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The Mechanism Of Magnetic Tape Erasure
by: PETER VOGELGESANG [Manager, Advanced Recording Technology, Magnetic A/V Products, 3M Company, St. Paul, Minn.]
Certainly one of the greatest virtues of magnetic tape as a recording medium is the ease with which old information can be erased to make room for new information. Com pared to other kinds of recordable media, such as photographic film which is chemically processed and permanently written, magnetic tape can be used thousands of times through the faculty of erasure. Although the process of erasing tape is per formed automatically in recording systems and manually with the aid of bulk demagnetizers, the precise mechanism of era sure within a tape is not commonly understood. Perhaps this lack of understanding results from the apparent simplicity of the erasing process--a simplicity which does not challenge the interest of those who use the process. But tape erasure is not as simple as it appears, and perhaps the following description of the erasure mechanism will both interest and enlighten.
To understand tape erasure one must first understand the composition and behavior of the magnetic material used in tape.
The most commonly used material is the gamma form of iron oxide, or gamma Fe2O3. This material exists as tiny, needle-shaped particles having an average length of 0.4 micron, and is shown magnified 42,000 times in the photomicrograph of Fig.1. Although other magnetic materials such as chromium dioxide (CrO2), cobalt modified iron oxide, and metallic materials may have different chemical compositions and physical structures, they respond magnetically in a manner similar to gamma iron oxide.
Each iron oxide particle is a permanent magnet containing only a single magnetic domain. The single -domain structure of the particles dictates that each particle is forever a permanent magnet which cannot be demagnetized. If subjected to an external magnetic field of sufficient intensity, a particle will reverse the polarity of the field it generates, but the reversed field will not be greater or smaller in magnitude than the original field. Thus, each particle can be thought of as the magnetic equivalent of an electronic flip-flop which has two stable states. Just as a flip-flop can be switched into one of two saturated states, energy applied to a single-domain magnetic particle can cause it to reverse polarization virtually instantaneously but cannot cause it to generate a magnetic field of variable intensity within the particle.
The switching characteristic of a particle is illustrated graphically in Fig. 2. A magnetic field which varies sinusoidally in amplitude is applied to the particle so that the direction of the field is parallel to the long axis of the particle. (A different result is obtained if the applied field is at right angles to the axis.) Particles in most magnetic tapes are aligned along the length of the tape by immersing the tape in a longitudinal field while the magnetic coating is still fluid. Once dried, particles in the coating remain physically aligned in that direction.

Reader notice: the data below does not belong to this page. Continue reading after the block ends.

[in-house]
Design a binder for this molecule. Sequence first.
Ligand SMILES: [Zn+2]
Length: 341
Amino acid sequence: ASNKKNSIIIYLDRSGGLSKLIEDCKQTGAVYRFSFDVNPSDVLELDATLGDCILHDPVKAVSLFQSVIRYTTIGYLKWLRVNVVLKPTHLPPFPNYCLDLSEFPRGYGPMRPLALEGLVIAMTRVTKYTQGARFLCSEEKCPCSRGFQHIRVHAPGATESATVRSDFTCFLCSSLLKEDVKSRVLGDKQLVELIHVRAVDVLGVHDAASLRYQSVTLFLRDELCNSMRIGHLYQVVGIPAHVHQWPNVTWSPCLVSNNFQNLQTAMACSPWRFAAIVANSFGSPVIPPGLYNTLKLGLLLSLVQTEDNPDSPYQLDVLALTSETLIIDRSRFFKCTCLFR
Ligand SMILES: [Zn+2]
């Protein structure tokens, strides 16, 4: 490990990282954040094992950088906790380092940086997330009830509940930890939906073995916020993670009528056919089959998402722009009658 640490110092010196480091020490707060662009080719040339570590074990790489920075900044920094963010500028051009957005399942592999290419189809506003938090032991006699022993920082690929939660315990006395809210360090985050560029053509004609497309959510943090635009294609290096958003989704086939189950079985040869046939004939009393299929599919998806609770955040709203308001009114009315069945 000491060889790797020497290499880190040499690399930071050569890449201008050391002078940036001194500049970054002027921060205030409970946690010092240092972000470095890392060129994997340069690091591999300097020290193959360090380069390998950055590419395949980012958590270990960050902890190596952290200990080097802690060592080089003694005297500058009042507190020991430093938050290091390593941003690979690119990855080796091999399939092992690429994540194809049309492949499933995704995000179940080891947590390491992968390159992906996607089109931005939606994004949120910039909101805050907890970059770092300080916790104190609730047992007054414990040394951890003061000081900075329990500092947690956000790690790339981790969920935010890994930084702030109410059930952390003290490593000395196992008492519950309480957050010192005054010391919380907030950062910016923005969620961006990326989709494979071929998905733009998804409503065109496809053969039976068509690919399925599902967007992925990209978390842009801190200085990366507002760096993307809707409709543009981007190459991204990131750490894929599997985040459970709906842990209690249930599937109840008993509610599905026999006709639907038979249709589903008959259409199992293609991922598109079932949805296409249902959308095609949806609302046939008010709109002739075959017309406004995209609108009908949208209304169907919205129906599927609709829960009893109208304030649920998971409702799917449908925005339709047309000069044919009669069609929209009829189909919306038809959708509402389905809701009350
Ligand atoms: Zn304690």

As the applied field in Fig. 2 increases from zero, a level is reached (point a) where the coercivity of the particle is equaled, and at this point the field within the particle instantaneously reverses.
The particle will not again switch until the applied field has reversed and reached the equal but opposite magnitude. The hysteresis waveform of a single particle will be recognized by electronic engineers as similar to the graphs used to depict the behavior of electronic flip flops and Schmitt triggers.
Each area of a magnetic tape which is uniquely magnetized during recording contains thousands of magnetic particles throughout the width and depth of the recorded track. The magnetic field emanating from a recorded area is the sum of the fields produced by these individual particles. A magnetic tape is said to be saturated when all the particles are switched with the same magnetic polarity. A discrete area of tape thus saturated will produce the maximum external magnetic field of which the tape is capable.
In the erased condition, one-half of the magnetic particles are switched with one polarity while the remaining half retains the opposite polarity, and since the particles composing these halves are closely intermixed, their external fields cancel, producing zero external field from the tape.
Varying levels of tape magnetization are produced during the recording pro cess by causing the particles to be switched to the opposite polarity in pro portions varying between the saturated (100% switched in one direction) and erased (50%-50%) states. It is seen, then, that the analog recording process in the strictest sense is really not analog at all but is a binary process in which the magnetic outputs of thousands of flip flop elements are summed in the pole pieces of the reproducing transducer.